Two weeks ago, I heard that Progeny Linux Systems of Indianapolis had closed its doors for the last time. The end was a long time coming – in fact, six years longer than I predicted. All the same, I paused last week for a bit of nostalgia. Working for the company in 2000-01 gave me my first sense of my potential and gave me a sense of self-worth at a time when I badly needed it.
I first heard of Progeny through Bruce Perens. I was talking to him over the phone for a story I was doing for Maximum Linux. When our business was done and we were chatting, I happened to mention that I was looking for work. At the time, Perens (whom I'm calling by his last name so that this entry doesn't sound like a Monty Python skit littered with Bruces) was running a venture capital group that had just funded a startup run by Ian Murdock, the founder of the Debian GNU/Linux distribution and his partner John Hartman. Would I be interested in doing marketing and communications for the new company?
Somehow, I managed not to gibber incoherently with excitement, and told him I would. But I admit I danced around our townhouse when I got off the phone.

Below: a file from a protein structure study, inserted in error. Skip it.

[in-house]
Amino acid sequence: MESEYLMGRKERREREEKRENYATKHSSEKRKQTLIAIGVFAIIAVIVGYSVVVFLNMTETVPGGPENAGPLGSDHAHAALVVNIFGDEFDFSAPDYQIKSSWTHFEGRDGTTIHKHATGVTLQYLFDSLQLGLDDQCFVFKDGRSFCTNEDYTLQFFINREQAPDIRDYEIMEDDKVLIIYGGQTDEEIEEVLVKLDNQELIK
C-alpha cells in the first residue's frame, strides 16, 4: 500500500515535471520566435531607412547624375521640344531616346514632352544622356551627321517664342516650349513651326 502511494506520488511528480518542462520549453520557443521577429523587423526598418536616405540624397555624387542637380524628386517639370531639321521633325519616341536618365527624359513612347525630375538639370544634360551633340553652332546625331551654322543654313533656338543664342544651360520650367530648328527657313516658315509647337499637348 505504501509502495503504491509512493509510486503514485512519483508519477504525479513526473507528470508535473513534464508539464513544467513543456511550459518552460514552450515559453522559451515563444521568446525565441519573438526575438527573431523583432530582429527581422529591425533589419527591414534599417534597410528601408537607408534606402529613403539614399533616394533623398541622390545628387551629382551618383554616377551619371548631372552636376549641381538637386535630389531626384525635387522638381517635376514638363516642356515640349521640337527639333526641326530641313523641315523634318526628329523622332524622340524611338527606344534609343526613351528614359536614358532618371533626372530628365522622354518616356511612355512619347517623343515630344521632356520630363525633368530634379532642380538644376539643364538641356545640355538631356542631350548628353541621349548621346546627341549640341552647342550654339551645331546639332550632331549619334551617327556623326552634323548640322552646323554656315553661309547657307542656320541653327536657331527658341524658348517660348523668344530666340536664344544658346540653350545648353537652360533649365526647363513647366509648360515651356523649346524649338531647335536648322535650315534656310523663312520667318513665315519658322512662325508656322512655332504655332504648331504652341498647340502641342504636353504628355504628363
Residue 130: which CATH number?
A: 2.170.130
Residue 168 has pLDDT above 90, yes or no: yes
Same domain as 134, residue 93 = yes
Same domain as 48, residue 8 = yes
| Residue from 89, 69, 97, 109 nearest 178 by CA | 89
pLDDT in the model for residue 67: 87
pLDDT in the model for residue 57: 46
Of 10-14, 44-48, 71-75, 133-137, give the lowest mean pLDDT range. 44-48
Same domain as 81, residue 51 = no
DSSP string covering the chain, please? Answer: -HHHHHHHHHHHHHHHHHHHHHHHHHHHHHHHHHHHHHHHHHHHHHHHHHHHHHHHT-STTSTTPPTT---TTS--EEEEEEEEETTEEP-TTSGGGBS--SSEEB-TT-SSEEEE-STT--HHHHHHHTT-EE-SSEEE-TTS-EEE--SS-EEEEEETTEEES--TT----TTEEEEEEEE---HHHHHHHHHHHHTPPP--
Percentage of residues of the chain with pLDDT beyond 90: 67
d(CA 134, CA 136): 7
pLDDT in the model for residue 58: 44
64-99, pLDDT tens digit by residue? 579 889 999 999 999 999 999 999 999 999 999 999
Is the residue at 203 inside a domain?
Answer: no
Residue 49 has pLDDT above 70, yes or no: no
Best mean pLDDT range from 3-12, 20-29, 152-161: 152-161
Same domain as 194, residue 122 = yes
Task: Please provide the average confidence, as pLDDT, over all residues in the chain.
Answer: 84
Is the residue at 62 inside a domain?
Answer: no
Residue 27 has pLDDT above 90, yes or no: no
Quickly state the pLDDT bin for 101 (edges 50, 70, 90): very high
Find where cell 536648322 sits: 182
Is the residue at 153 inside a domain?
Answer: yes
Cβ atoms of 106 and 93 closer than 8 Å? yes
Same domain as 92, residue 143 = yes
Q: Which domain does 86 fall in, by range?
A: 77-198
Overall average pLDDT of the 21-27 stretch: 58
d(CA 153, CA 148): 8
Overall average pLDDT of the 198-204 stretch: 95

A phone interview and a week or so later, and I was on a plane to Indianapolis, unsure whether the job would work out. I was a bit worried about the cost, since I had quit Stormix Technologies a month previously, but determined to enjoy the adventure.
I was met at the airport by Ian and John and a couple of coders – John Goerzen and possibly Branden Robinson. They whisked me away to a Greek restaurant, where I quickly realized that these guys had serious chops. I had thought for a while that Stormix was the big time, but I realized that, in going to work for Progeny, I was jumping leagues.
Somehow, I convinced them that I would be an asset. I may not be able to write code for a “Hello, World
Bruce Byfield (nanday)
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|September 2015 Issue of Linux Journal: HOW-TOs||Sep 01, 2015|
|September 2015 Video Preview||Sep 01, 2015|
|Using tshark to Watch and Inspect Network Traffic||Aug 31, 2015|
|Where's That Pesky Hidden Word?||Aug 28, 2015|
|A Project to Guarantee Better Security for Open-Source Projects||Aug 27, 2015|
- The True Internet of Things
- Using tshark to Watch and Inspect Network Traffic
- September 2015 Issue of Linux Journal: HOW-TOs
- Problems with Ubuntu's Software Center and How Canonical Plans to Fix Them
- Firefox Security Exploit Targets Linux Users and Web Developers
- Concerning Containers' Connections: on Docker Networking
- Where's That Pesky Hidden Word?
- A Project to Guarantee Better Security for Open-Source Projects
- My Network Go-Bag
- Build a “Virtual SuperComputer” with Process Virtualization